By all means give diet, exercise & losing weight (if you are overweight) a try & if your cholesterol doesn't come down a lot statins may be the only way to get it down because your fibrotic liver may not be able to regulate cholesterol the way a normal liver can.

I live in Australia & I take a capsule daily called 'Blackmores Cholesterol Health' containing plant sterols that lowers cholesterol that I buy at a pharmacy. It lowers cholesterol by up to 10%.

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I have read the information leaflet that comes with my statins and it states not to be taken by people who have ever had a disease which affects the liver or if they have abnormal blood tests for liver function (which I have). Also under warnings and precautions it states to talk to a doctor if you have an underactive thyroid or unexplained muscle pains (I have both). Unfortunately my GP doesn't always check interactions or the effects on other conditions so this is a worry. I think I am going to have to make another appointment before I go ahead and start on the statins because it says blood tests should be carried out first to predict the risk of muscle related side effects.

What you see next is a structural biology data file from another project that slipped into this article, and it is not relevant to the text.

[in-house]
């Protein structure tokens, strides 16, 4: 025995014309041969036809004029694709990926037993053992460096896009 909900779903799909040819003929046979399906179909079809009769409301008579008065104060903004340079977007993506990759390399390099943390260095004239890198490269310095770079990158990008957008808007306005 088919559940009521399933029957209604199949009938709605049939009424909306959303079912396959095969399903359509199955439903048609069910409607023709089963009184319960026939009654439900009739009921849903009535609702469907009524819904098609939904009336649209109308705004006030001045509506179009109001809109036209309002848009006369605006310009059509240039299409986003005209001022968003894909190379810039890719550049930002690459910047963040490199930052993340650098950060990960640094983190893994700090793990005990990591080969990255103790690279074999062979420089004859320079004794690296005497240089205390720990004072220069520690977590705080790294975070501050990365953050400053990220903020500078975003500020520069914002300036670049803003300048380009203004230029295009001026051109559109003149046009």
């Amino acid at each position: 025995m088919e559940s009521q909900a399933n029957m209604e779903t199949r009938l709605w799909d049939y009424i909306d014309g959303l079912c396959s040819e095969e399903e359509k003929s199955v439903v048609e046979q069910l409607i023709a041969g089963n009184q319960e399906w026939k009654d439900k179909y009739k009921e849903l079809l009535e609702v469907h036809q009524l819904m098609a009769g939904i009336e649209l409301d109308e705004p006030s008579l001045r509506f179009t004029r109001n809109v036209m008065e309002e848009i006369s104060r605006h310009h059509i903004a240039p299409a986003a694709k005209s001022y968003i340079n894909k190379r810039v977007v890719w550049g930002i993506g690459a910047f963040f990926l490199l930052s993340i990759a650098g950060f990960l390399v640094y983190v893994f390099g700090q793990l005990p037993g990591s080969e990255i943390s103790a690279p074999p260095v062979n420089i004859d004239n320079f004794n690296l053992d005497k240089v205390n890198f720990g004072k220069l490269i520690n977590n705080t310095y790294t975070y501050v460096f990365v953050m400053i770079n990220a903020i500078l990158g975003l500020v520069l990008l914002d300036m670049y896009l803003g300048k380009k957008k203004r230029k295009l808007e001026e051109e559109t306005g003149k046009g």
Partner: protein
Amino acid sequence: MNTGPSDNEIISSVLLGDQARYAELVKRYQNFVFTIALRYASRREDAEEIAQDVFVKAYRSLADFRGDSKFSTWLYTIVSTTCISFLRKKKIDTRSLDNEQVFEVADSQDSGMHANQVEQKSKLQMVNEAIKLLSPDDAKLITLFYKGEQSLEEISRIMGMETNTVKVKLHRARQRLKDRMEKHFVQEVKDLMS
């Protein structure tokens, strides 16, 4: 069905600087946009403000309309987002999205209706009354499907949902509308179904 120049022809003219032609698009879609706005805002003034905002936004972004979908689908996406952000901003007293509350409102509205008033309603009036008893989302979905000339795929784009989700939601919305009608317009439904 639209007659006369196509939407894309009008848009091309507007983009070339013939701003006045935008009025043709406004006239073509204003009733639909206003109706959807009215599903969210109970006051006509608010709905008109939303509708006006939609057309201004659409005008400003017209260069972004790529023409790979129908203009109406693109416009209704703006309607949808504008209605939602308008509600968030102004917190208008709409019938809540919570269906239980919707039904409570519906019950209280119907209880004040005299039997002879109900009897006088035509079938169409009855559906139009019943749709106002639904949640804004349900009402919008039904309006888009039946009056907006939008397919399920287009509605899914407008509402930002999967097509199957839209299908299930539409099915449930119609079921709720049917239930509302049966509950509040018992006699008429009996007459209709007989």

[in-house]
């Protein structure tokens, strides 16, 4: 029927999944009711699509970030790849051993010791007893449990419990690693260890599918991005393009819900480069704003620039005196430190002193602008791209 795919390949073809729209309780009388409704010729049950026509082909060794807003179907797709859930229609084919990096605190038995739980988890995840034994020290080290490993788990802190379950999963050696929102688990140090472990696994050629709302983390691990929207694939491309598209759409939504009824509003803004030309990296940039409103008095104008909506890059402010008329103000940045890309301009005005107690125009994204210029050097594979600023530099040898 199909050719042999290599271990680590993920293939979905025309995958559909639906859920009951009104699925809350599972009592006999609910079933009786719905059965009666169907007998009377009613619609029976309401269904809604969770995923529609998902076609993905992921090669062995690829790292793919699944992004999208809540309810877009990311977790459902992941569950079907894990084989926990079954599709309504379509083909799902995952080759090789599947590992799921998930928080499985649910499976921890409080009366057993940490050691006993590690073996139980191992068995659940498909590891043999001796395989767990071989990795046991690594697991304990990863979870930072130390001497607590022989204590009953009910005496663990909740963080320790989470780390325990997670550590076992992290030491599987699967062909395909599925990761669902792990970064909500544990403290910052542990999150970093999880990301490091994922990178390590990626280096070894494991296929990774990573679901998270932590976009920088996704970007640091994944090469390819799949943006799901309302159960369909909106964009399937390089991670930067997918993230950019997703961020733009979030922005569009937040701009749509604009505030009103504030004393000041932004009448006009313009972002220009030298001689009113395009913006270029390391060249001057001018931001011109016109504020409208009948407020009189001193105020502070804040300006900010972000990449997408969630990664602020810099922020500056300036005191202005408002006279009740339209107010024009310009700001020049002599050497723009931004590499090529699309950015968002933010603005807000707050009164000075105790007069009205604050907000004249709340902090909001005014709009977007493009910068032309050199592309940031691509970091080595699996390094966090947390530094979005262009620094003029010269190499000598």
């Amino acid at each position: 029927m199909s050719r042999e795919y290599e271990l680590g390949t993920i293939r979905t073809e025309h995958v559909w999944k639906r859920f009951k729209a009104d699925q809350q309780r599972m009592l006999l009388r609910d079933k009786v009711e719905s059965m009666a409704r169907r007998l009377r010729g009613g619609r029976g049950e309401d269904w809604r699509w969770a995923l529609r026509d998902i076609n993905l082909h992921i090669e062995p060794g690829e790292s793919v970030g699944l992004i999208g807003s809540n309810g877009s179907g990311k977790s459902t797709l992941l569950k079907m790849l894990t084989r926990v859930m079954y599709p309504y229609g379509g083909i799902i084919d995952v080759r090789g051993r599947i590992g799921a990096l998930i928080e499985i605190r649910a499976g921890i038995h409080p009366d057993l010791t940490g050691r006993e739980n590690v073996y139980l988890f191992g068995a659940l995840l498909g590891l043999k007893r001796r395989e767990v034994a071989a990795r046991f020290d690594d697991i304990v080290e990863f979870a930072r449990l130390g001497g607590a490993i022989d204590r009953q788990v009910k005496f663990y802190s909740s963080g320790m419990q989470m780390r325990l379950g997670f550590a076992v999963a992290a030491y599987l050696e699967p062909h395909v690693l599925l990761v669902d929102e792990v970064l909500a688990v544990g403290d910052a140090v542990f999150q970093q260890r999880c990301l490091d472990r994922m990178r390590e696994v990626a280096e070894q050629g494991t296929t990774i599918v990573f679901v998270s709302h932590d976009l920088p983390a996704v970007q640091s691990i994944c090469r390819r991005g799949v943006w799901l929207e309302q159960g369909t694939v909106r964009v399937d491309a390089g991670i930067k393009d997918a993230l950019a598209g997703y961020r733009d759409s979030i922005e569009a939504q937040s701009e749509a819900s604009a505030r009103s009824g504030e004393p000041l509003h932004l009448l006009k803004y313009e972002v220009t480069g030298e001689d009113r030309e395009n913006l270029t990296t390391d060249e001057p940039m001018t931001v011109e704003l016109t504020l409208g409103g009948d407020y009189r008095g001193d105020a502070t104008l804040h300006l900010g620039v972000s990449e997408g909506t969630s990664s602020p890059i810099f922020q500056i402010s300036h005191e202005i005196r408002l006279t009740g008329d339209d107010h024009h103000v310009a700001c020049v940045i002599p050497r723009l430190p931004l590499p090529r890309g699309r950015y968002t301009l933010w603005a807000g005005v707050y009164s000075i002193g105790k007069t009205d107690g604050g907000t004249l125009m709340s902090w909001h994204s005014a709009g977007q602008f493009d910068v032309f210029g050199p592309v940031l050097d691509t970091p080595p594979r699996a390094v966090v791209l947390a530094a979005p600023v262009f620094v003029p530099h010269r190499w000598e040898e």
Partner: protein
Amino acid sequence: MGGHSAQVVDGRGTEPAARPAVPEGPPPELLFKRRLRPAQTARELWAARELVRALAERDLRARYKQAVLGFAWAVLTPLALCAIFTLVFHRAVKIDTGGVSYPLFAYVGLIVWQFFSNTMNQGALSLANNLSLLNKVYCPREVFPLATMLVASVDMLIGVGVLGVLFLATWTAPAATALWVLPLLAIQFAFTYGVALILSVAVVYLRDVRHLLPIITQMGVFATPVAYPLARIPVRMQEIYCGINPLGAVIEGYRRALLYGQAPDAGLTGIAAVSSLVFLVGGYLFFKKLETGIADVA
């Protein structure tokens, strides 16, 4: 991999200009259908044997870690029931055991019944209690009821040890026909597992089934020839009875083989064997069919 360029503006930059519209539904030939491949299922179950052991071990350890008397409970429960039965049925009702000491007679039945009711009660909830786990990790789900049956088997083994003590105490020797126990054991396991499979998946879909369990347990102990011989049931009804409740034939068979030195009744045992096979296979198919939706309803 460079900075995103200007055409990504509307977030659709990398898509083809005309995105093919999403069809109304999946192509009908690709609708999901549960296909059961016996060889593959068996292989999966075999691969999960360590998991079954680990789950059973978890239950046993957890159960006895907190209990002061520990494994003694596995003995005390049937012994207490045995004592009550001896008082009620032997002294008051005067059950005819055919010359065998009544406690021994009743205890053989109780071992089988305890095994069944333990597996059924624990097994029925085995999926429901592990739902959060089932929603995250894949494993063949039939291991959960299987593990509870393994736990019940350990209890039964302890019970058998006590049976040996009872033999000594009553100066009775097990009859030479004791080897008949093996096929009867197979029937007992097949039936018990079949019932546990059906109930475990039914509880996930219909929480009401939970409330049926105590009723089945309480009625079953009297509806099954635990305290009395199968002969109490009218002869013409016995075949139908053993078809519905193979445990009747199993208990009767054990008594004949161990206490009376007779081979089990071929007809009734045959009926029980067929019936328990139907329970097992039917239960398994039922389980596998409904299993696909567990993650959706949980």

I was surprised to hear you had to sign a waiver but I suppose your doctor was protecting himself. I could do with losing some weight but at the moment I am getting angina attacks and breathlessness which prevent me from exercising, even walking more than a few metres is difficult. The McDougall diet does sound do-able so I will give it a go. I am not sure about plant sterols so it is something I will have to look into.

Thanks again for your time and advise.

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The doctor that made me sign a waiver was from overseas & newly qualified in Australia. He was being super cautious to protect his new job by covering his arse. I got rid of him after signing his waiver because I thought he was an idiot for making me sign it. My cholesterol of 7 was fixable through diet & lifestyle changes & I knew it. Also both my parents lived into their 70s despite being far less healthy than me & neither died of a heart attack.